Audition (1999)

Rating: B

Dir: Takashi Miike
Starring: Ryo Ishibashi, Eihi Shiina, Matsuda Miyuki, Renji Ishibashi

Based on a novel by Ryu Murukami, this is nowhere near as lurid, as most of Miike’s other works; you spend much of this film waiting for the other shoe to drop. Lonely widower Aoyama (Ishibashi) fakes movie auditions, looking for a new wife; he finds Asami (Shiina), who seems ideal – to Aoyama at least, everyone else in the film and audience will be hearing alarm bells, very early on. Arooga! Arooga! Psychotic Japanese Bitch Alert! That’s what I mean about waiting for the other shoe; you know it’s all going to go horribly wrong. And, boy, it does, in spades.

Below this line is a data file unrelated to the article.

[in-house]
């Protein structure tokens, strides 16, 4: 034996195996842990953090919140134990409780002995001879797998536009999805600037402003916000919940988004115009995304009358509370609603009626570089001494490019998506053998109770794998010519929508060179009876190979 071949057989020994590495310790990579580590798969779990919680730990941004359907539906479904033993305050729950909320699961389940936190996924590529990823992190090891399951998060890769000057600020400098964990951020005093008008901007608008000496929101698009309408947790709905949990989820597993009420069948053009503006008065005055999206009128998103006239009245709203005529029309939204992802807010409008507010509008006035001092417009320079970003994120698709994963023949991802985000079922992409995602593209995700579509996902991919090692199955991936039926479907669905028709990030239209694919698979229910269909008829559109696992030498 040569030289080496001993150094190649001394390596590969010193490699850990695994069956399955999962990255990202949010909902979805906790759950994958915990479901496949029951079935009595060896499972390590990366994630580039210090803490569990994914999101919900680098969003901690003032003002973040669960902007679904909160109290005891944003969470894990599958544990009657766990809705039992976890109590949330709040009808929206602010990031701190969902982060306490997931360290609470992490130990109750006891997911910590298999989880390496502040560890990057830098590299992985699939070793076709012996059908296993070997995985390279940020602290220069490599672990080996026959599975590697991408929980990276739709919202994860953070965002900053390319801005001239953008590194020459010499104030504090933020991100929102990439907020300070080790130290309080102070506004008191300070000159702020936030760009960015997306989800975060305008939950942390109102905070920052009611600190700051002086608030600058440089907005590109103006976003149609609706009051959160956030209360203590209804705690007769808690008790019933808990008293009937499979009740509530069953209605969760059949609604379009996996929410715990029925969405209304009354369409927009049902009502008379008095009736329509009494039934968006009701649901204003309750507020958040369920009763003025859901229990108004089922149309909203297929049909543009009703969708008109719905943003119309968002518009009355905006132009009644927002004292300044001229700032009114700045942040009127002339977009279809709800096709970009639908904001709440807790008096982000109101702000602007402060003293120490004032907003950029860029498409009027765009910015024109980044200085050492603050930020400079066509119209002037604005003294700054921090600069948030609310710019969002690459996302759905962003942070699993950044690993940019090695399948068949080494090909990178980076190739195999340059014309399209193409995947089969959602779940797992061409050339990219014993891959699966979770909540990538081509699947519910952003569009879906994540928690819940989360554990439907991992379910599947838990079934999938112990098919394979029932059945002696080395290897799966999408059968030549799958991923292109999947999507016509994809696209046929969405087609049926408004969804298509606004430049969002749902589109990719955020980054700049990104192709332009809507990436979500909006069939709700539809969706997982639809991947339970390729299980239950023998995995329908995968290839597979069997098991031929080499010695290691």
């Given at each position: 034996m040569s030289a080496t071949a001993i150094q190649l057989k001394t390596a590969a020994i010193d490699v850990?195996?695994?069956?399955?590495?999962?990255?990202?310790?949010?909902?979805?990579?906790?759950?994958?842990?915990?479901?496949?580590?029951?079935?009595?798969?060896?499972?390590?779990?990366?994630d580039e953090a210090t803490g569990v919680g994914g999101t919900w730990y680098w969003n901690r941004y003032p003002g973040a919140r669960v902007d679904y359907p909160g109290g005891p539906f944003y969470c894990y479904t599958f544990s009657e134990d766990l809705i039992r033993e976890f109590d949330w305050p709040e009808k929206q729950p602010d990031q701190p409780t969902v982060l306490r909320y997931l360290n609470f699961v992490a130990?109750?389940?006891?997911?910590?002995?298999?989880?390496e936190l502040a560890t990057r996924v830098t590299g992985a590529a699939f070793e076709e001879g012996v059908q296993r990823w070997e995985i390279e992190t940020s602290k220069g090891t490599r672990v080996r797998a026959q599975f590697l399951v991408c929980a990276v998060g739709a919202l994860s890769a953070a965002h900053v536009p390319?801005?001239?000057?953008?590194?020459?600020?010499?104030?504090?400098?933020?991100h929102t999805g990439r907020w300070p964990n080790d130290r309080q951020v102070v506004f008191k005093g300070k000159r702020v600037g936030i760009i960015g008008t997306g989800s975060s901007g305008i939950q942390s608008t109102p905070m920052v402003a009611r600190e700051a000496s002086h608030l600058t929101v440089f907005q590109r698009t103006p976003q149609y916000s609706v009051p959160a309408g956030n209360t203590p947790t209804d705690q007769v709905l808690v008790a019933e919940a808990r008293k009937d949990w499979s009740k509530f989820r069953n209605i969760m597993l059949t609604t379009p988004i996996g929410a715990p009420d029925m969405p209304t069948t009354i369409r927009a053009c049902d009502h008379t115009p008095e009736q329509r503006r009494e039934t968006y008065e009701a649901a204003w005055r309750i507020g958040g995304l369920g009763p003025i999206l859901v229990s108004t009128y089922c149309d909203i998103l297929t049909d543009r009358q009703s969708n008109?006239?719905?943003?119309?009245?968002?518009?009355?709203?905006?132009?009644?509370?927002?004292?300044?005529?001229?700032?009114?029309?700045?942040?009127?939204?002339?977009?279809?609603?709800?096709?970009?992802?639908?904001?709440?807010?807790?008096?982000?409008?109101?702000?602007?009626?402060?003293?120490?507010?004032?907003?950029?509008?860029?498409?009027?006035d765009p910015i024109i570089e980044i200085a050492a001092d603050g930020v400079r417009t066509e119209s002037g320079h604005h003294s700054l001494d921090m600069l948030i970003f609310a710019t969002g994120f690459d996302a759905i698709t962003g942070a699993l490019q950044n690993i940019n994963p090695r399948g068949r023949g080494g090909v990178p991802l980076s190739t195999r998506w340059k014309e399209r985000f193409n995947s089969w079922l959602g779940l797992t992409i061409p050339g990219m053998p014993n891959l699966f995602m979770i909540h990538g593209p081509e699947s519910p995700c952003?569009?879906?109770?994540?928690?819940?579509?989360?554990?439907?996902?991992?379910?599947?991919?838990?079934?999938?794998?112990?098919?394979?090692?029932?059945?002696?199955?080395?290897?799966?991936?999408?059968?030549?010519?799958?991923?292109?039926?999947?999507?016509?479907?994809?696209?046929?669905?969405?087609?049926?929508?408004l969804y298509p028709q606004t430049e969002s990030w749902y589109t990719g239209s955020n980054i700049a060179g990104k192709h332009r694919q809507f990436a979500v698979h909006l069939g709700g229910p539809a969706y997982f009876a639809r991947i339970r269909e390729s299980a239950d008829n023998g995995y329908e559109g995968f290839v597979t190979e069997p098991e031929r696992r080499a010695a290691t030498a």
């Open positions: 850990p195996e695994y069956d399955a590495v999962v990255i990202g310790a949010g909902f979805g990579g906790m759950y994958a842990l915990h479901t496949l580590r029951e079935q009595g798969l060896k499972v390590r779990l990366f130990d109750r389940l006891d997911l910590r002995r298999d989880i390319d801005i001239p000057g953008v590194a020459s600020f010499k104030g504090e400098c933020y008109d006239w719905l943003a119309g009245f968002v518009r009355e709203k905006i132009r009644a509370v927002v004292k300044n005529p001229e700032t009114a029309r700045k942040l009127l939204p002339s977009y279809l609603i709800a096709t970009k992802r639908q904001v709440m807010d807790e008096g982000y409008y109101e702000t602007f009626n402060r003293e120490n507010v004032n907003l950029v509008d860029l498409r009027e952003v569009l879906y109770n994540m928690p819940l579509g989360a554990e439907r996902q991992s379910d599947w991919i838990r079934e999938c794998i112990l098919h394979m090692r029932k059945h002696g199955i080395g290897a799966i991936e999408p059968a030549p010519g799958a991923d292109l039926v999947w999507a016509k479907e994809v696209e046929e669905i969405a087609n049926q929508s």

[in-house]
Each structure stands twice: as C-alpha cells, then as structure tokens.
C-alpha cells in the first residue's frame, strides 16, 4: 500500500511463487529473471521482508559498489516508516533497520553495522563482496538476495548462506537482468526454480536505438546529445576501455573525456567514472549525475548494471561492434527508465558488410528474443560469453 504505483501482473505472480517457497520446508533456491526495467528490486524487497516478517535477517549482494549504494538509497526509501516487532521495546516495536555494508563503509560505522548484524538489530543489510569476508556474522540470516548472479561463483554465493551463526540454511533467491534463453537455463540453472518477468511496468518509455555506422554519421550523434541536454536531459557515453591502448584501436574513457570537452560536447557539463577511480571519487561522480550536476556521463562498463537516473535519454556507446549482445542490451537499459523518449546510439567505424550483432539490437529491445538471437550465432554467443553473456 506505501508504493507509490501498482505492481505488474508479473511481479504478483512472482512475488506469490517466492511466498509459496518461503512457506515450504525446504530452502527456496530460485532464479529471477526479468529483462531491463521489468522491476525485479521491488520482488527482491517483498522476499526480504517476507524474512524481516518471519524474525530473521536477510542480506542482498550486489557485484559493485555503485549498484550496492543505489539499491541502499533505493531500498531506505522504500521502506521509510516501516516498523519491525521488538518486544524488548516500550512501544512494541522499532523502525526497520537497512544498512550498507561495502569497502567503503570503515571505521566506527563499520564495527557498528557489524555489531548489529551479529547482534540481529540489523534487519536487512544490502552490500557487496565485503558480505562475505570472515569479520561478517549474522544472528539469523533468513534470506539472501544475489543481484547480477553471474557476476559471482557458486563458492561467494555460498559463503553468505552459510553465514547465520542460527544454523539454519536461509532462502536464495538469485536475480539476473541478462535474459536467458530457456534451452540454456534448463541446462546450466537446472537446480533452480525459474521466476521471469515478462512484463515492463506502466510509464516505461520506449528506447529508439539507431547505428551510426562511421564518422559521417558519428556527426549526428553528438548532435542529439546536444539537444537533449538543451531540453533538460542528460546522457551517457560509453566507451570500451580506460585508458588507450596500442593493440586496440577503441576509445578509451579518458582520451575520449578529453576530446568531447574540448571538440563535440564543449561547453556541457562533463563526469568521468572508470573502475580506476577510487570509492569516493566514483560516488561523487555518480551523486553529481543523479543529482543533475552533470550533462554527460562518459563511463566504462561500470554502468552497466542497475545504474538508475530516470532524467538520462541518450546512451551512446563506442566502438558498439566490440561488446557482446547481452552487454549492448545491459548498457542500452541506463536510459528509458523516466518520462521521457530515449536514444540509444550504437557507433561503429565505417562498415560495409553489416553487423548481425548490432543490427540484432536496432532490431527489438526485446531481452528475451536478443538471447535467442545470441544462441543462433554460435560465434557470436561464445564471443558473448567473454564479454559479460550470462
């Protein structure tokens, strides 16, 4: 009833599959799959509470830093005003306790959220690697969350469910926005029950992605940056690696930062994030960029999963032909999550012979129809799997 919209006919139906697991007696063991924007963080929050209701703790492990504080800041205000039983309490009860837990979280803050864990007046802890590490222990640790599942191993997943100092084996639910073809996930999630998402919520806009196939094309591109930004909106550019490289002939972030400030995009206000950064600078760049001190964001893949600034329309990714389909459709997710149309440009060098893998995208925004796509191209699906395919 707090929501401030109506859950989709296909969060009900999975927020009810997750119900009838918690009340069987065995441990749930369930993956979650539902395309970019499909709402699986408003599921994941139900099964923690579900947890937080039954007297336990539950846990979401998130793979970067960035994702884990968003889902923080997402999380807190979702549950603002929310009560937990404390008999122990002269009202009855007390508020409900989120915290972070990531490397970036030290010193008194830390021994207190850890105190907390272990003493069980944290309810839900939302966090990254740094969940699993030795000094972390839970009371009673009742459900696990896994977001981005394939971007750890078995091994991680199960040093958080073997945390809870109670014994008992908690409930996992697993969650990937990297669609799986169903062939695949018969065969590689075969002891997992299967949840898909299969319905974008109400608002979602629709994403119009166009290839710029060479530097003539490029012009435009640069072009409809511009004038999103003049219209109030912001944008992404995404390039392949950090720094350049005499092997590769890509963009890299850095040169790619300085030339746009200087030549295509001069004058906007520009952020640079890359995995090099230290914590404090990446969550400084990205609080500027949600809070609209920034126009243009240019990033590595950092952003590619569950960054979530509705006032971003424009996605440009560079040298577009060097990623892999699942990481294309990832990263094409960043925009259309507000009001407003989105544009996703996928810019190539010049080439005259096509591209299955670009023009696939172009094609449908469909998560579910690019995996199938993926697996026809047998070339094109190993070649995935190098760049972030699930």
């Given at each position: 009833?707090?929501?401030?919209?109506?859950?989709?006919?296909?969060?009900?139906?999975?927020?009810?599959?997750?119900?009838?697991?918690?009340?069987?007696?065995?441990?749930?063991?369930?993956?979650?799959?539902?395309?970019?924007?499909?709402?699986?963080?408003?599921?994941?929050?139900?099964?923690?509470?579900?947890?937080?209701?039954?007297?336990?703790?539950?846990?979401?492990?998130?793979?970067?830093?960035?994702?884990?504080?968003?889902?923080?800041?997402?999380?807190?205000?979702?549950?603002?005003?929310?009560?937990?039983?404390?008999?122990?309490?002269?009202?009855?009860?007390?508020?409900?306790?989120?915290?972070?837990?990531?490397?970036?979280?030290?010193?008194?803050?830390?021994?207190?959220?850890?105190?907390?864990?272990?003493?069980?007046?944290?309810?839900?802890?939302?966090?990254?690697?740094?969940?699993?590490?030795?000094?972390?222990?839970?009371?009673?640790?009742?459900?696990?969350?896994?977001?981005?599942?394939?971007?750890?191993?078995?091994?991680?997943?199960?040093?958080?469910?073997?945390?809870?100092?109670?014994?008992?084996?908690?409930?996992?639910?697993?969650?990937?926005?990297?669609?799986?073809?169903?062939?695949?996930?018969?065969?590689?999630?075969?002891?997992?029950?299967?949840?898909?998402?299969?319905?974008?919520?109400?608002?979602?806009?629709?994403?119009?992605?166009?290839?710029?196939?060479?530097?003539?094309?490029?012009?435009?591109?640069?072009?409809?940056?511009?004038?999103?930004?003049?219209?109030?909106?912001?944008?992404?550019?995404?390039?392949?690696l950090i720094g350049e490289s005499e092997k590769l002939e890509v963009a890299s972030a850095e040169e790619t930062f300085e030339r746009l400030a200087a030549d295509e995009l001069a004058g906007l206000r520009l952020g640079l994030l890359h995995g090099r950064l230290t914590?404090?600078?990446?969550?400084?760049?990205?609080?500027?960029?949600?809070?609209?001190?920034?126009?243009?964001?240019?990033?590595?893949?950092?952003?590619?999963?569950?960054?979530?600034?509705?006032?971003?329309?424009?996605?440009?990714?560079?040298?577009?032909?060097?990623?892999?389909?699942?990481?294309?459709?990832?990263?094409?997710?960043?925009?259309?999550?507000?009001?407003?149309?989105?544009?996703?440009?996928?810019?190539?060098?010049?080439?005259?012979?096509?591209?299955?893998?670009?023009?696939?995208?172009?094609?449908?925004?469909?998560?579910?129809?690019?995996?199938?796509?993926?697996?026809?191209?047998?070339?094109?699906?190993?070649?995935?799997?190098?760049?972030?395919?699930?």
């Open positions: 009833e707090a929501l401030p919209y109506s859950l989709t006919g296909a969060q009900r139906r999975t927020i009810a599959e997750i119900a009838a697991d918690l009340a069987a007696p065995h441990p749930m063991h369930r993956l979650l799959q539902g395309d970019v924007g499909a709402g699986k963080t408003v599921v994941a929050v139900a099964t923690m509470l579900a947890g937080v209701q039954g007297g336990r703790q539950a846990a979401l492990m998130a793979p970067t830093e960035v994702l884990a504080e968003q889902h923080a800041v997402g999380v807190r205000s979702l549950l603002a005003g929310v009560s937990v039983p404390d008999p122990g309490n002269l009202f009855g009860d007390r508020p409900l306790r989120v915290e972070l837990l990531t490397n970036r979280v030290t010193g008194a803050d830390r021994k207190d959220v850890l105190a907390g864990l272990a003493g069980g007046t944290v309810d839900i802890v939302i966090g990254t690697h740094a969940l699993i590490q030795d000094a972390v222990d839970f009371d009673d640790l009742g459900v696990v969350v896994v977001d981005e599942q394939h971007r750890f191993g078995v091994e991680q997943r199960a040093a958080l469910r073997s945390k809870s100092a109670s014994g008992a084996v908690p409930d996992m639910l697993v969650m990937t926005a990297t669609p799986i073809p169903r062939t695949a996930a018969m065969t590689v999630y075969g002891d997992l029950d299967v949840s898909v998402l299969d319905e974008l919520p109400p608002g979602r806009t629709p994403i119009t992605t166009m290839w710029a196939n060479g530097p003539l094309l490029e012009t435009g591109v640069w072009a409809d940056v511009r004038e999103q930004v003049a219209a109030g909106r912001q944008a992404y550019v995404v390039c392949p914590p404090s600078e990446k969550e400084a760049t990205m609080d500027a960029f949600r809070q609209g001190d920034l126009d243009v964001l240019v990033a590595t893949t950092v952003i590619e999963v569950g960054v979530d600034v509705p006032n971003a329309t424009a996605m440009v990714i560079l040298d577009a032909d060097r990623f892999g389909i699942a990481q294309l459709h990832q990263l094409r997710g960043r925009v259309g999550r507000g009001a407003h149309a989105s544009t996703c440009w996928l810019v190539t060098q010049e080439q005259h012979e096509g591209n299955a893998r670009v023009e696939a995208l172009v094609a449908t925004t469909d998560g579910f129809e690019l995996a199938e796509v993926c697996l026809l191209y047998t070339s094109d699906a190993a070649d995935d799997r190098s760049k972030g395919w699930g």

This is established pretty early on, so your attention may drift, though Miike pushes the jigsaw pieces around, and manages one stunningly creepy moment (you’ll know it when you see it), that affected my neck hair in the same way as the TV sequence in Ring. The two leads are both excellent, Aoyoma is played as a decent old man, just very lonely, while Asami maintains her little-girl air, even when doing unmentionable things with needles, butchery wire and drugs. The finale plays with being a cheap cop-out, before pulling back, though oddly, I would have willingly forgiven its trespasses, and the “true” ending isn’t perhaps as effective. But for a squirm-inducing depiction of the horror than can lurk behind the most innocent facade, this hits all the appropriate buttons with force. Unsettling is definitely the word.